Later that afternoon we walked to a site that was supposed to show some medieval housing and people demonstrating the way of life back then. It's positioned between Třebonice and Stodŭlky. Well, we found it. Complete waste of time. When we arrived there were two people doing something with sticks (presumably "fighting") and a girl walked up asking us for money. We left, that really didn't look worth it.

When we walked through Stodŭlky there were clear signs of decay. Houses, roads, signs, busses, everything seemed to be decaying and poverty hit hard there. Then we walked through a new part of town and this was really a bit creepy. There were new buildings, a new metro entrance and everything.. but it was completely desolated. I was really just waiting for the attack of the zombies. It was that kind of scene. No zombies though.

On Sunday we went to Prague. And, well, that's just Prague. What can I say. We walked a bit around and ended up on the water bicycles (burnt my knees in the sun, so badly). After that we went up with a small train-like vehicle to the castle in the mountains. We didn't enter the castle itself but we did enjoy the view and the park there. Later we went back down and had dinner in the city. We ended up in a small theatre for a blacklight show, "Cats in Prague", which was nice. Had some original methodology (for me anyways) but I missed the story line a little.

Monday, first sign of the rain. We stayed at the camp site and played a few games. I got slaughtered at "Jeu de boules" by my girlfriend and the 25ct badminton game was well worth it's money (it constantly broke down). I started on a JavaScript course I'm going to be giving later this fall.

On Tuesday we went to Kutná Hora. It's a small city about 75km from our location. Took us about 1.5 hours to get there, which was a bit longer than we had anticipated. Kutná Hora (which seems to translate to "Kuttenberg", which in Dutch translates to "Cunt mountain"... yes, really) is a small village with a few churches. A long time ago some guy took some soil from some mountain far far away, which was deemed holy, and spread it around a hill. Ever since a lot of people wanted to get buried there. Because it became so popular there was wasn't enough room and in the end they ended with a lot of human bones stored in a small chapel. So at some point (1700ish) some guy figured you could create some cool things with these bones. And that's basically what it is now :) An art comprised of the bones of an estimated 40k ~ 70k humans. I wonder what people would think if somebody would try to do something like that in the today, even there. But it's been done and it looks cool, albeit macabre. After a small bite we went back. It turns out roads around Prague are a big giant hell. Seriously, what's wrong with those people. Apparently they've been working on a big freeway around the city for over three years. Seemed to me like they should get their priorities straight and put some hurry into it. Combined with more road constructions (barring us from leaving the freeway where we needed to) it took us three frigin hours to get home. Including a (nice) touristic route. Serves us right for following road signs. Well, the trip wasn't as bad as I may make it sound right now, but had I known this up front I'm not sure we would have went there.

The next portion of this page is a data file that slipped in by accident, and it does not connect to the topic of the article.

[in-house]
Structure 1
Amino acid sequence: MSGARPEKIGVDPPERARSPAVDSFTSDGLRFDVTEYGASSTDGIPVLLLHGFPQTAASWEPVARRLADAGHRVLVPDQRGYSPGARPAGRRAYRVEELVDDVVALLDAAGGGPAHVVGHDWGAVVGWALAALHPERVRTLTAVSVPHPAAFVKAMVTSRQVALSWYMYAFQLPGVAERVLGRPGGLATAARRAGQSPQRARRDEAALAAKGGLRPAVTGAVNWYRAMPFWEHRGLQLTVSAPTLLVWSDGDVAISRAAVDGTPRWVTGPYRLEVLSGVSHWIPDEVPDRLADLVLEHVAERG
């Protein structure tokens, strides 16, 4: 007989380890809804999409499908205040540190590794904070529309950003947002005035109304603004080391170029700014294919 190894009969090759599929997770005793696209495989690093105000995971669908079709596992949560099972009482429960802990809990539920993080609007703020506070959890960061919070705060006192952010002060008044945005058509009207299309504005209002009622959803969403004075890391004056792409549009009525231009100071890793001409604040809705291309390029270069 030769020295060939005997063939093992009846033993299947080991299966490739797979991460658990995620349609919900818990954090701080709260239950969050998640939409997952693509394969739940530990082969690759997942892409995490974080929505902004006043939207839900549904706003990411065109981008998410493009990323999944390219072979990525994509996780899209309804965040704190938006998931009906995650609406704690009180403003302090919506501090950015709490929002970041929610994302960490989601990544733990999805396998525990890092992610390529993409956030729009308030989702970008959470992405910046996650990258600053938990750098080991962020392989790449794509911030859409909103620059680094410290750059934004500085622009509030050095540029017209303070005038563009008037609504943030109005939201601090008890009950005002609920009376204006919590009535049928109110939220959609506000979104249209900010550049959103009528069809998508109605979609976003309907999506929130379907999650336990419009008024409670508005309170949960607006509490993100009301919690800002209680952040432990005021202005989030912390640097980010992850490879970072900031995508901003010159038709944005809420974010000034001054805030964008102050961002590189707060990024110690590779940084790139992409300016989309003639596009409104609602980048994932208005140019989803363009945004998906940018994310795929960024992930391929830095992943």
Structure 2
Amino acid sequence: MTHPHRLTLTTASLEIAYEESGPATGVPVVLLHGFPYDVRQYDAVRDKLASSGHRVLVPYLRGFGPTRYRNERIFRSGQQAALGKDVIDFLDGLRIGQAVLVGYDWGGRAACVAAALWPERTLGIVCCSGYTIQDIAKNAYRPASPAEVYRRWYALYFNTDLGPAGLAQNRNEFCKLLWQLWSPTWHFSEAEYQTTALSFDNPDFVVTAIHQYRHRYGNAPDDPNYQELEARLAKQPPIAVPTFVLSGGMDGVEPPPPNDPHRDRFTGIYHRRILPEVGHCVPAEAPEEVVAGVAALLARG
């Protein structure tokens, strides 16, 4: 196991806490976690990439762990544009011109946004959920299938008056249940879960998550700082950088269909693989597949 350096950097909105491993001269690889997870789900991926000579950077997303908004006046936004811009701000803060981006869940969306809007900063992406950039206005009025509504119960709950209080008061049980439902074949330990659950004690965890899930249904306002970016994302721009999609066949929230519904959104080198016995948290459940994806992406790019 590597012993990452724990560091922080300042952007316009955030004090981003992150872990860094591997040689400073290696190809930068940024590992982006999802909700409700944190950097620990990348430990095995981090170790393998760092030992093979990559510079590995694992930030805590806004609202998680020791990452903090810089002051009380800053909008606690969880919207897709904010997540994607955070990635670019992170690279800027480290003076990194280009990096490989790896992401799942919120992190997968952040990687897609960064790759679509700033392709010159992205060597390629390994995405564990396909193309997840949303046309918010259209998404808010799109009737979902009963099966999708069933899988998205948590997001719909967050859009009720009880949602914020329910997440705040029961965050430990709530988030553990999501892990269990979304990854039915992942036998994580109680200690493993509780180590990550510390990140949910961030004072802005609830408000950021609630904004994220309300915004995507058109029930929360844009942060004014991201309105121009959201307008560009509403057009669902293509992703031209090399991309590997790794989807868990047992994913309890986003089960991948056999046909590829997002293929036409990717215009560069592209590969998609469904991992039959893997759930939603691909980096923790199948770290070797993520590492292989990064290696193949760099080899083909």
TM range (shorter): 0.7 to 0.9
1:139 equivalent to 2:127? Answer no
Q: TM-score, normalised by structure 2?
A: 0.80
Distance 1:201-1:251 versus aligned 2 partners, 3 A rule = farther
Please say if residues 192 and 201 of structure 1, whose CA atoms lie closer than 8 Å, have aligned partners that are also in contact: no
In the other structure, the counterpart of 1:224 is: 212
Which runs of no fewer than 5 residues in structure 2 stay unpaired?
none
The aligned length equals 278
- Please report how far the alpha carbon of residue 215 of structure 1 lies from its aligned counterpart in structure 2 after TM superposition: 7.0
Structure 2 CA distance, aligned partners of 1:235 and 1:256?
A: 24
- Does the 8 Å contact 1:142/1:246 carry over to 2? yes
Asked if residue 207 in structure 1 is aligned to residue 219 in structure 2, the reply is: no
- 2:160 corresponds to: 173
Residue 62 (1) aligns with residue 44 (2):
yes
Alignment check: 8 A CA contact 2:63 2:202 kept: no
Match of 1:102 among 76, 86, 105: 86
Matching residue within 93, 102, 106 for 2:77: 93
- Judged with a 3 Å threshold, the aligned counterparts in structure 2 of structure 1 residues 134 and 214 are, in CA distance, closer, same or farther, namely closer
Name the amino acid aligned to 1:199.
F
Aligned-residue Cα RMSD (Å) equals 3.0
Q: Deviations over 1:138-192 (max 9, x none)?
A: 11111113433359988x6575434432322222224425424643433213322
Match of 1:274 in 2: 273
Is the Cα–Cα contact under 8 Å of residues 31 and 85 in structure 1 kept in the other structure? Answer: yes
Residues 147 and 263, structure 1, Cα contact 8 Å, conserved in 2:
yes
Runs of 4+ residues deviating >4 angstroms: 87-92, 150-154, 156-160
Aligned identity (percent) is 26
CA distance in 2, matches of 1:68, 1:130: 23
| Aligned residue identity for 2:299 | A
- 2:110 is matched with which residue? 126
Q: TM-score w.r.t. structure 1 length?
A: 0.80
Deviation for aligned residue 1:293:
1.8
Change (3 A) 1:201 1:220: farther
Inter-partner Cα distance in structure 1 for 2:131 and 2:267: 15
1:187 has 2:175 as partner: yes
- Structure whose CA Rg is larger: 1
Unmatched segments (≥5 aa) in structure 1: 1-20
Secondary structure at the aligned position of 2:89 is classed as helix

Wednesday afternoon we went back to Prague. We visited the Prager Burg. On the way up we actually encountered a co-worker of mine, Elaine, and her husband. I didn't even know she was spending her holidays there as well. What are the odds... The Burg itself was nice (note that being a cultural barbarian allows me to denote these things as "nice", I don't care much about these things). We strolled around. Watched the formal change of the palace guards and walked to the old Jewish Quarter. We visited the memorial listing all the Prague Jews that died during the war, the Jewish cemetery (really just a big collection of old tombstones who's inscriptions are hardly legible) and a few synagogues. I guess I finally learned what kosher meat actually means; Too much work. We walked to the old town square to watch the spectacular clock hit five 'o clock. The sheer number of people waiting there was far far more impressive than the event itself, which was really just another example of the crap that's supposed to pass as great tourist attractions. We saw an advertisement for a glass of cola for only 3 euro. At that time we were baffled, why the hell would you be proud of such idiotic prices? We later discovered that the going rate for a glass of cola on that square is about 5 euro. Wtf. On that note, cola seems to be twice to triple as expensive as other soda's in all of touristic Prague.

On Thursday we visited the Sex Machines Museum in Prague. We skipped it on Wednesday but decided to go there on Thursday anyways. It was interesting, but in my opinion the machine before the entrance was more impressive than most of what was inside it. To be honest, I think the museum is missing a heckuvalot interesting pieces. They had a few interesting patent submissions hanging on the wall though :p But overall it wasn't quite as remarkable or shocking as I had expected. All in all the museum was nice to visit but take the "250 items" with a grain of salt... :)